SME Names Four Accomplished Indian Americans as Outstanding Young Manufacturing Engineers
Saurabh Kajaria was among four Indian Americans named as Outstanding Young Manufacturing Engineers by SME. (sme.org photo)
India-West Staff Reporter
A quartet of Indian American engineers were named among the 14 individuals chosen by SME, the professional association committed to advancing manufacturing and developing a skilled workforce, as the 2021 Geoffrey Boothroyd Outstanding Young Manufacturing Engineers.
The 14 awardees were selected based on their diverse manufacturing backgrounds, technology advancements/improvements and state-of-the-art research. The 2021 award namesake, University of Massachusetts Professor Geoffrey Boothroyd and president of Boothroyd Dewhurst Inc., was selected for his early-career development of the widely used design for manufacture and assembly methodology, a news release said.
Among the engineers chosen were Saurabh Kajaria of Houston, Texas-based Vault Pressure Control; Arkadeep Kumar of Santa Clara, California-based Applied Materials Inc.; Dinakar Sagapuram of College Station, Texas-based Texas A&M University; and Sourabh K. Saha of Atlanta-based Georgia Tech.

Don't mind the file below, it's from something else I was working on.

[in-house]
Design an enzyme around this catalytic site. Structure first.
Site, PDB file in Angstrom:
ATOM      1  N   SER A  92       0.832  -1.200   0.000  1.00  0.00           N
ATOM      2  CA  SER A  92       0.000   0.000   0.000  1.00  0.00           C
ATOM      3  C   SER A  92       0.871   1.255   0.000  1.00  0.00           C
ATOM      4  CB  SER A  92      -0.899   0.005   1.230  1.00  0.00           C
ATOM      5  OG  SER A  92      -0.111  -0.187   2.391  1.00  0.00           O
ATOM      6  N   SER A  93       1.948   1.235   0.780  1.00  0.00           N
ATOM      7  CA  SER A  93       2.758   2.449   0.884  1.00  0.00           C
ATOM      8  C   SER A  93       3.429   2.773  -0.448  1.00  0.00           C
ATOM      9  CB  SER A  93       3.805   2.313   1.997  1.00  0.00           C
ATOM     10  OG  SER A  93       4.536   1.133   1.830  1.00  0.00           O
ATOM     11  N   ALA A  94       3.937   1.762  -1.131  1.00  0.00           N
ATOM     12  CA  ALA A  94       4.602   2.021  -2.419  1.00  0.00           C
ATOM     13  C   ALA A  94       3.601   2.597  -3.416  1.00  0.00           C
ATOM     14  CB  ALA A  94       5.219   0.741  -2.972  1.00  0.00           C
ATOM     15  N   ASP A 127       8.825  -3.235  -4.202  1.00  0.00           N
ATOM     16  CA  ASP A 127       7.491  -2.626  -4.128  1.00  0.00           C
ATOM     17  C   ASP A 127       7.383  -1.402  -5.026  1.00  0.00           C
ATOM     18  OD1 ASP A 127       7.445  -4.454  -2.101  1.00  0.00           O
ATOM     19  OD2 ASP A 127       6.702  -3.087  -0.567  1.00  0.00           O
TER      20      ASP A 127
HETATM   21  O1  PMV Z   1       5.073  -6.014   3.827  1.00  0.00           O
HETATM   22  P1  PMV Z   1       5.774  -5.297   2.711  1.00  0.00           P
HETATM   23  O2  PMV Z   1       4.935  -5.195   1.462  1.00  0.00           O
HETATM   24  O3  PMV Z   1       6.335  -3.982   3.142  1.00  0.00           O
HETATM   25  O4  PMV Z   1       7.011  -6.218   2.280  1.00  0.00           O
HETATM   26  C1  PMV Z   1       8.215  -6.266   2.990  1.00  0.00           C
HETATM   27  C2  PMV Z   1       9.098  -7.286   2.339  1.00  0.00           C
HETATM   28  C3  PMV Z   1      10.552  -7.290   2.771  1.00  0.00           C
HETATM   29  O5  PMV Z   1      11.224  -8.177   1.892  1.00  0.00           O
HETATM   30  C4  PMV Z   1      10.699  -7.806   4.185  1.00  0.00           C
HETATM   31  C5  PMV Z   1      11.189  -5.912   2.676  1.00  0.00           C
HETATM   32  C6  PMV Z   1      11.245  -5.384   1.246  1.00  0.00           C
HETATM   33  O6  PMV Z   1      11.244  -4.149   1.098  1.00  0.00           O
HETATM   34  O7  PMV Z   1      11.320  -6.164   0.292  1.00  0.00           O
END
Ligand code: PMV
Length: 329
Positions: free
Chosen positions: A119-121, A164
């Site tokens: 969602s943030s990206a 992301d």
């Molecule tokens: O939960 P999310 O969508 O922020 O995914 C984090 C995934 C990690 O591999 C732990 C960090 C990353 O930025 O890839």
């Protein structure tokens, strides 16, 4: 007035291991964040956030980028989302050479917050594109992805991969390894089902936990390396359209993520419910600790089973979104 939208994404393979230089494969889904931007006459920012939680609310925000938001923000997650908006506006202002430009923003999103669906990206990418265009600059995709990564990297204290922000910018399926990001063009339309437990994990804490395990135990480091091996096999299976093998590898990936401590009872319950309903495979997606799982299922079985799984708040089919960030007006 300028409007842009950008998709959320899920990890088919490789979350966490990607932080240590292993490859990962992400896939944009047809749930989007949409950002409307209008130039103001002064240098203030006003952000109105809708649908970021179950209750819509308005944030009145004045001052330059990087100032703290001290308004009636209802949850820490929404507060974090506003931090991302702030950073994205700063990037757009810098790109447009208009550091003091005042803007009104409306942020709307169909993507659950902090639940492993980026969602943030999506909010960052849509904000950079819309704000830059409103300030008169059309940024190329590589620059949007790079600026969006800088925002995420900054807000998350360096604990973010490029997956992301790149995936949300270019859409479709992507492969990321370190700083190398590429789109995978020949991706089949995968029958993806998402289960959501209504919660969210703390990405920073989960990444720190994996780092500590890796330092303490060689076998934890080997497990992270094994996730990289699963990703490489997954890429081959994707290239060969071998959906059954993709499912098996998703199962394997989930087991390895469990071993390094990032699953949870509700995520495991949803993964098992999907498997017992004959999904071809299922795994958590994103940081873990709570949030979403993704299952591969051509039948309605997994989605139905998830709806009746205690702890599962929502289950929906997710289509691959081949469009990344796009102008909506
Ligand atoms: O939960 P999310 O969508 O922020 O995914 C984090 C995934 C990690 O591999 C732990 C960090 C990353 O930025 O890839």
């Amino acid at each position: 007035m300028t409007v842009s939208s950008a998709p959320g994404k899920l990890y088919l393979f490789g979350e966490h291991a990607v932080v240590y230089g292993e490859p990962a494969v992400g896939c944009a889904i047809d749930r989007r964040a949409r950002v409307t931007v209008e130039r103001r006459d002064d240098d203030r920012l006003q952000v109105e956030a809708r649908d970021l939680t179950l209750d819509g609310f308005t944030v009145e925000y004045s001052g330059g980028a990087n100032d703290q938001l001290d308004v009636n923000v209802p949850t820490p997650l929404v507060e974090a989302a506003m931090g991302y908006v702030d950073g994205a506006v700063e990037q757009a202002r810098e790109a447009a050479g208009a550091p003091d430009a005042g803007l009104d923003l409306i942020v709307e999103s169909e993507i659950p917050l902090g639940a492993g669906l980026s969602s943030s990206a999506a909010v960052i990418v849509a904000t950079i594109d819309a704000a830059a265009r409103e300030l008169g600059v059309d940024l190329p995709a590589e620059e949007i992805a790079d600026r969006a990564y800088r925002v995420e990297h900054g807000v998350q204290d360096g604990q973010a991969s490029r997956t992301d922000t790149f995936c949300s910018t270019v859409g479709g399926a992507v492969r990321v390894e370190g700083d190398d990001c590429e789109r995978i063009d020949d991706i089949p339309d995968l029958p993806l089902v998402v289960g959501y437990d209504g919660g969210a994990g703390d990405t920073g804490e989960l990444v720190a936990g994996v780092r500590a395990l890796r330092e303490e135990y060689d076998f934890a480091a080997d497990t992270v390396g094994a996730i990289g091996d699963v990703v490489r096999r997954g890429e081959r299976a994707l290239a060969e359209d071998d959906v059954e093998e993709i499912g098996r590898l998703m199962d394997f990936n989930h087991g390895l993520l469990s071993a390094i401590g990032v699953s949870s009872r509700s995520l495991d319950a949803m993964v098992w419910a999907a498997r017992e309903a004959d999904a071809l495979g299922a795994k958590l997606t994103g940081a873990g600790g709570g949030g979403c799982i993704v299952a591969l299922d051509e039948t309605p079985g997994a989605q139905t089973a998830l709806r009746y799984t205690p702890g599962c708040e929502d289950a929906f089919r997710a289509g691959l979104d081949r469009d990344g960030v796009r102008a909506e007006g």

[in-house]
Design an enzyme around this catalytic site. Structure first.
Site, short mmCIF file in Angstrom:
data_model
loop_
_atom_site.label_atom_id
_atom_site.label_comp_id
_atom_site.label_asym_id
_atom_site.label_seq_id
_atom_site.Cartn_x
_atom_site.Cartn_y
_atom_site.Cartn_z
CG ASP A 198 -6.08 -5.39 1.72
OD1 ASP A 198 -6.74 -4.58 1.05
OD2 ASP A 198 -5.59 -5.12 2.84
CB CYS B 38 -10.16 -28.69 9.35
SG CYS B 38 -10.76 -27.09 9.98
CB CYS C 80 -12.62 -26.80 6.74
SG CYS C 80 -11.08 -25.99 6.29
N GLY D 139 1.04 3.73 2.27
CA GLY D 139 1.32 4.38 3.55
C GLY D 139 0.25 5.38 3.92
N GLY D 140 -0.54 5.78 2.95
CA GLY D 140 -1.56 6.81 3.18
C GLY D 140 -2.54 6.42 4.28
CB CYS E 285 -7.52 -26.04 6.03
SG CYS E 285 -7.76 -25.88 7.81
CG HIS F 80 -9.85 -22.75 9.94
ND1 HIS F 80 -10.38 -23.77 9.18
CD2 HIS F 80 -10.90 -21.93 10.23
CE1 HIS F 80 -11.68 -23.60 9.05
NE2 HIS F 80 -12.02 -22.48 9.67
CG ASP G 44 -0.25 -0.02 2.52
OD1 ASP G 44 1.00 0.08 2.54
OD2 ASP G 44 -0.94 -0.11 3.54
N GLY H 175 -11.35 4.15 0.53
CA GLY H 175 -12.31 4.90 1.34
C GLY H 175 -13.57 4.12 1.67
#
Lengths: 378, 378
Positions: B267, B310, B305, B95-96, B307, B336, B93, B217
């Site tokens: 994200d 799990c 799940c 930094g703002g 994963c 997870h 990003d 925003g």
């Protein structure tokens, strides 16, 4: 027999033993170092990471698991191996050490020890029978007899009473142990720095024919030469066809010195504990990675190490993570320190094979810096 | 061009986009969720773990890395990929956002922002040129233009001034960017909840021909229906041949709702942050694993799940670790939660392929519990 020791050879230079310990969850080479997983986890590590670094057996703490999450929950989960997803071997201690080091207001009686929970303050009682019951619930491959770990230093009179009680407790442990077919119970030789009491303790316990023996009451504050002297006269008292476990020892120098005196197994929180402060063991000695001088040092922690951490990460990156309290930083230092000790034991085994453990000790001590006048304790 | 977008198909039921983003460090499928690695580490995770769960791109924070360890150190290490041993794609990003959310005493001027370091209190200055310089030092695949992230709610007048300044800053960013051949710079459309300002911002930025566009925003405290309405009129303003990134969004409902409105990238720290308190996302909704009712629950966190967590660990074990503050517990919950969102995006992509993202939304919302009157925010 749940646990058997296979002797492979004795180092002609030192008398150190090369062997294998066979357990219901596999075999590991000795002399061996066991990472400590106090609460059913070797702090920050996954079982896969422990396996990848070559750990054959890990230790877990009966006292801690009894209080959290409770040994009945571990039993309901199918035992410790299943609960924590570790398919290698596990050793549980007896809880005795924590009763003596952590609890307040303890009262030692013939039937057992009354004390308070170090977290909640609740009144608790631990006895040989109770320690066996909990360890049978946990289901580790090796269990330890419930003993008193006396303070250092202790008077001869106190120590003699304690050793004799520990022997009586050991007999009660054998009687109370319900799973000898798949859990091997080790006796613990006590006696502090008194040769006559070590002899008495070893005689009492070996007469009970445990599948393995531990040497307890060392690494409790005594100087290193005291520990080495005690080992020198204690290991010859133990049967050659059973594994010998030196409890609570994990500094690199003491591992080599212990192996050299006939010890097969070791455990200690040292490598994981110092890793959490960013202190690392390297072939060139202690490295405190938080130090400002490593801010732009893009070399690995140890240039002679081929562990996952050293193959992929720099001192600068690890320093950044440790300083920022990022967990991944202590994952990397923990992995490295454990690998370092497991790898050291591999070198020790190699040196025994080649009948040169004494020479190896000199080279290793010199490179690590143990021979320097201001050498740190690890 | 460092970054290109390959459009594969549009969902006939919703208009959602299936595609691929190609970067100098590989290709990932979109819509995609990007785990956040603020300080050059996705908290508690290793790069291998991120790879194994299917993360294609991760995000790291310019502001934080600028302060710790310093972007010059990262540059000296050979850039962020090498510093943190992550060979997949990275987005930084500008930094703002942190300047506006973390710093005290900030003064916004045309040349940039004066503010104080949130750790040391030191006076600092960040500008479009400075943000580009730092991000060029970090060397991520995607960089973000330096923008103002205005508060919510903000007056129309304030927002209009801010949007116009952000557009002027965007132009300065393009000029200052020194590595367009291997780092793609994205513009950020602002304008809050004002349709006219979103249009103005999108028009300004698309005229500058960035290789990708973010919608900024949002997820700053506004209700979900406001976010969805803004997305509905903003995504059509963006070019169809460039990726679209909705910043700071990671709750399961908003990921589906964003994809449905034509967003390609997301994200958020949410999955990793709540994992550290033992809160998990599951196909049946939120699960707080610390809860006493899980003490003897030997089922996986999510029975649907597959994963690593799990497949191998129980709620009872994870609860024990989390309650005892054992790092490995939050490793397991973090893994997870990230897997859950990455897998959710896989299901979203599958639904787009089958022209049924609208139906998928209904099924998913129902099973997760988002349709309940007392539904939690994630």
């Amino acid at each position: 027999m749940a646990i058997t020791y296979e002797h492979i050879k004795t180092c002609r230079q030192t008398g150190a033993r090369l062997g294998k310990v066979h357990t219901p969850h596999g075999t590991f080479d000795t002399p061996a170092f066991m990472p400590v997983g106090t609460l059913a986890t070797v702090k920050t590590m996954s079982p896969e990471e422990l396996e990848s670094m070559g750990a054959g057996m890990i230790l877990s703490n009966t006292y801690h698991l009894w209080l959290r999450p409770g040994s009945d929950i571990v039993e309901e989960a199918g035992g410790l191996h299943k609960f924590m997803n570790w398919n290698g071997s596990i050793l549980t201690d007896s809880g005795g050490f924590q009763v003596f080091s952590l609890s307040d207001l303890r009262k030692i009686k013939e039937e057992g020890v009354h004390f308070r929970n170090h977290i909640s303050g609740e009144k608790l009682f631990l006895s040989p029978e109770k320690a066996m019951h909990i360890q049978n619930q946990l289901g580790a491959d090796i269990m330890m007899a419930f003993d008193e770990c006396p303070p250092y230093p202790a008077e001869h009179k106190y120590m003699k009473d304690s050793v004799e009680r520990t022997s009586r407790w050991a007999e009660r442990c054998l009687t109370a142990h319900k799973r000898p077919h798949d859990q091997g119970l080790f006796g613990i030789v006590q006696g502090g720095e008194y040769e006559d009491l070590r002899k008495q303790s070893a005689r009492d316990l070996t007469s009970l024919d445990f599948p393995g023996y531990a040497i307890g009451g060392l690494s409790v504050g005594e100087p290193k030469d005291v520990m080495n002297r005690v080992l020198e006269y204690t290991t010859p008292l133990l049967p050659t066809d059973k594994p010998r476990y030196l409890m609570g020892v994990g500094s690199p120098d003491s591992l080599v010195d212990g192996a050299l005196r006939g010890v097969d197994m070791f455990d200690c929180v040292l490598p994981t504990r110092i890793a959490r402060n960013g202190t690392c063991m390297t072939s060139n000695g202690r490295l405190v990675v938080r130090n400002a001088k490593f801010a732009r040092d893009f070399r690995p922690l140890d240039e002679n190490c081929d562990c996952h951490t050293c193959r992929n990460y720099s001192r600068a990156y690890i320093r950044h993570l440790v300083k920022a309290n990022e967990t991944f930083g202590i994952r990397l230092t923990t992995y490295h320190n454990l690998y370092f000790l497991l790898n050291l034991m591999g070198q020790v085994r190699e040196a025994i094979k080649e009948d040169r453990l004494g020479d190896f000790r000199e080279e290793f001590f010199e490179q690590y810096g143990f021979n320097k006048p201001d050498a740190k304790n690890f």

Kajaria is a design, innovation and manufacturing professional in the role of operations leader at Vault Pressure Control, previously part of Baker Hughes/GE Oil & Gas.
His work is focused on technology development for advancing efficiency in energy, oil and gas, production operations and operational productivity by reducing downtime.
Kajaria has commercialized several such strategic initiatives and pioneered new product development for mechanical systems in extreme operational conditions including corrosion, wear and friction as well as exposure to extreme temperature through advancing durability of mechanical systems, his bio said.
He led various projects that required building relationships with pioneers and technology developers across industries to address these challenges using new science and engineering approaches and techniques to advance the operational life and efficiency of these vital components, it said.